Aortic Stenosis and Sclerosis

Obstruction of blood flow across the aortic valve.

Background and Epidemiology

  • Most common valve disease
    • About 25% of people >65 have aortic sclerosis and about 3% over 75 have severe stenosis.
  • Serious cause of anaesthetic complications

Aetiology

  • There are several common causes of aortic stenosis
  • In younger (<70) patients:
    • Congenital abnormality (unicuspid or bicuspid aortic valve) accounts for ~50% of cases
    • Postinflammatory changes (e.g. rheumatic heart disease) (~25% of cases)
  • In older patients (>70)
    • Degenerative changes (~50%)
      • This is usually fibrosis/calcification (similar process to atherosclerosis- with similar risk factors including hyperlipidaemia, hypertension, male, age etc)
    • Bicuspid and postinflammatory causes account for a similar amount of the remainder (~25%)

Pathophysiology

  • Resistance to blood outflow from the heart causes an increase in left ventricular pressure, which causes LV hypertrophy and dilation
    • In most patients, this will preserve LV function and cardiac output for years.
    • However, as this process continues, the LV becomes thickened such that compliance is reduced and the ability of the ventricle to fully dilate is limited
      • This increases the work load needed of the heart
      • Eventually, if the changes progress, the pressure gradient across the aortic valve grows.  When the LV can no longer manage to force blood out to maintain CO, back flow and pulmonary oedema ensues

Presentation

  • Many patients are diagnosed asymptomatically
  • Classic symptoms are a triad of angina, breathless and syncope.
    • Angina due to increased demand of the hypertrophied LV working against the stenotic valve
      • Mismatch between oxygen supply and demand
      • May be worsened/precipated by co-existent coronary artery disease (particularly in older patients)
    • Breathless can be due to cardiac failure (both as a direct consequence of decreased cardiac output and of pulmonary oedema)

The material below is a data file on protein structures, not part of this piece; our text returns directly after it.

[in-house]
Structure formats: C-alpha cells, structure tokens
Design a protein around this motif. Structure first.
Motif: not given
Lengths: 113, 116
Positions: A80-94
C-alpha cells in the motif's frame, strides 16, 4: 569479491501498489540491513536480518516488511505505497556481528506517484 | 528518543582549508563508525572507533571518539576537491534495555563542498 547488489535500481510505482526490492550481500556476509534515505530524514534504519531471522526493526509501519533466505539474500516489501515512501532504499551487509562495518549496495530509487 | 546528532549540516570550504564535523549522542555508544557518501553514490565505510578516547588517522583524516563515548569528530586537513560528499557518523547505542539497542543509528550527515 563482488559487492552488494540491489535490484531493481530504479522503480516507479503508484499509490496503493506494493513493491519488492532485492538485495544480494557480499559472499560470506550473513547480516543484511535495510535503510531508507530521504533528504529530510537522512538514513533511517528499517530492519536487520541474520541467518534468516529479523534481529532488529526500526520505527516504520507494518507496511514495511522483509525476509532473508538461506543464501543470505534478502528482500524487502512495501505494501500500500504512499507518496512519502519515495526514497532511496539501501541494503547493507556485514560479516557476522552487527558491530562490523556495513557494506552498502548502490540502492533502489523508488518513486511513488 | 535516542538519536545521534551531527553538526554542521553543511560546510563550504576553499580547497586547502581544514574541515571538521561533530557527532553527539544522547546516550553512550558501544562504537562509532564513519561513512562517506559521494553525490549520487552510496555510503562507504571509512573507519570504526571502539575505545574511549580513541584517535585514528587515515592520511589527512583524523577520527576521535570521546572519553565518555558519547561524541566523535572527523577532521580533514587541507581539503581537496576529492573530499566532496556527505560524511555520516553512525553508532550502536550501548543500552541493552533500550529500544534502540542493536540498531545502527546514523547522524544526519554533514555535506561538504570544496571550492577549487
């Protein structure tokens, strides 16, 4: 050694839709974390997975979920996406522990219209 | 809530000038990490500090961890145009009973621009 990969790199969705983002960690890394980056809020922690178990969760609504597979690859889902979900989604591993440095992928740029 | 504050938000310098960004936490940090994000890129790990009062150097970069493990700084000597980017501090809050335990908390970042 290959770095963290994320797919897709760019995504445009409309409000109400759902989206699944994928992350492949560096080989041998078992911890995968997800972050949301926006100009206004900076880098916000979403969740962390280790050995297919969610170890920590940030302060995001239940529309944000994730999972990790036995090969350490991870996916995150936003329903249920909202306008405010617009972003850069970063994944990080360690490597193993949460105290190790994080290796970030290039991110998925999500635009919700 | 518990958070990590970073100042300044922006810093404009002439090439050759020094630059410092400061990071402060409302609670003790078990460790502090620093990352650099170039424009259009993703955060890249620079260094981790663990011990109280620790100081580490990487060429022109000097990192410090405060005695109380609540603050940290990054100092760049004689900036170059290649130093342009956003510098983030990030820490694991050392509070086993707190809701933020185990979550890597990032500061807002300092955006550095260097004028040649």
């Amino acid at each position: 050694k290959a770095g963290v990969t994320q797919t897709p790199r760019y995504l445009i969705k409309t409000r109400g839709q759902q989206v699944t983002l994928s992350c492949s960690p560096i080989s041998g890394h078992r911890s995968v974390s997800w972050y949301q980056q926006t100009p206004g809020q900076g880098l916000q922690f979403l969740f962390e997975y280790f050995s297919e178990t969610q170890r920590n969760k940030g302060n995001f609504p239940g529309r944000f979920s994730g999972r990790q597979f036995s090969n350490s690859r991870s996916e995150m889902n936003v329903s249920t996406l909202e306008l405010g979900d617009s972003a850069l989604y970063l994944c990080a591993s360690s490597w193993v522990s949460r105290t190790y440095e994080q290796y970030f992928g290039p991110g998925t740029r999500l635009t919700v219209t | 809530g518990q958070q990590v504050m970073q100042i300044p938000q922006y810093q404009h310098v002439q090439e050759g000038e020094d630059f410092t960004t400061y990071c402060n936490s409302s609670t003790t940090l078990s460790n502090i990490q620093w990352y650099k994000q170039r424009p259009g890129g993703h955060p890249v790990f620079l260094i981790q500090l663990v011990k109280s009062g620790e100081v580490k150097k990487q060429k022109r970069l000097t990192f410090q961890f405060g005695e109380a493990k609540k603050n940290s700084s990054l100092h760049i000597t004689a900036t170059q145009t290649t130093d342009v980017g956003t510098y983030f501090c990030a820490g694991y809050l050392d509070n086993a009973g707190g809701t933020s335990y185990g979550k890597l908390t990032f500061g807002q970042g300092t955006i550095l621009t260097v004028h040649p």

• Usually exertional
    • Syncope is also usually exertional (as cardiac output cannot raise in response to exertion- causing decreased oxygenation to the brain)
  • On examination
    • Examination of the pulse
      • ‘Slow-rising’ pulse- the only way I can describe this is like the pulse beat builds up more slowly.
      • Pulse may also feel decreased in volume
      • NOTE- this is feature exclusive to aortic stenosis (i.e. not sclerosis)
    • Examination of BP
      • May reveal a narrow pulse pressure i.e. SBP and DBP are close together
    • Murmur
      • ‘Ejection systolic murmur’- crescendo-decrescendo murmur starts shortly after the first heart sound that ends just before the second heart sound
      • A2 is diminished in stenotic disease but can be loud in sclerotic disease
      • Similarly, the murmur can radiate to the carotids in aortic stenosis- this is rarer in sclerosis
      • Splitting of the second heart sound may also be heard

Investigation

  • ECG
    • May show signs of LVH
      • ‘Voltage criteria’ (not diagnostic)
        • Limb leads
          • R wave in lead I plus S wave in lead III >25mm
          • R wave in aVL >11mm
          • R wave in aVF >20mm
          • S wave in aVR >14mm
        • Chest leads
          • R wave in V4, V5, V6 >26mm
          • R wave in V5 or V6 + S wave in V1 >35mm
          • Largest R wave plus largest S wave >45mm
      • ‘Strain pattern’
        • ST segment depression and T wave inversion in the left sided leads (aVL; V5-6)
  • CXR (may show heart enlargement or pulmonary oedema)
  • Echocardiography
  • Exercise testing
    • NB ONLY for asymptomatic patients (looking for LV strain)
    • Contraindicated in symptomatic patients

Management

  • Symptomatic patients should be offered valve replacement (balloon valvuloplasty or transcatheter Aortic valve implantation)
    • If patients are unsuitable for surgery, treat symptoms of heart failure as per heart failure
    • If the patient receives mechanical valve replacement, long term anticoagulation (warfarin or new-generation oral anticoagulants) is required
  • Other medical management includes reducing cardiovascular risk factors e.g. statins (if hyperlipidaemic); if hypertensive- control BP with ACE inhibitors/diuretics
    • NB Avoid hypotension
  • Asymptomatic patients should be monitored with Echo +/- exercise tolerance testing, every 6 months (if severe on echo); 12 months (if mild-moderate with calcification) or 24-36 months (if mild, no calcification)
    • Note that these patients do NOT require surgery, despite severity

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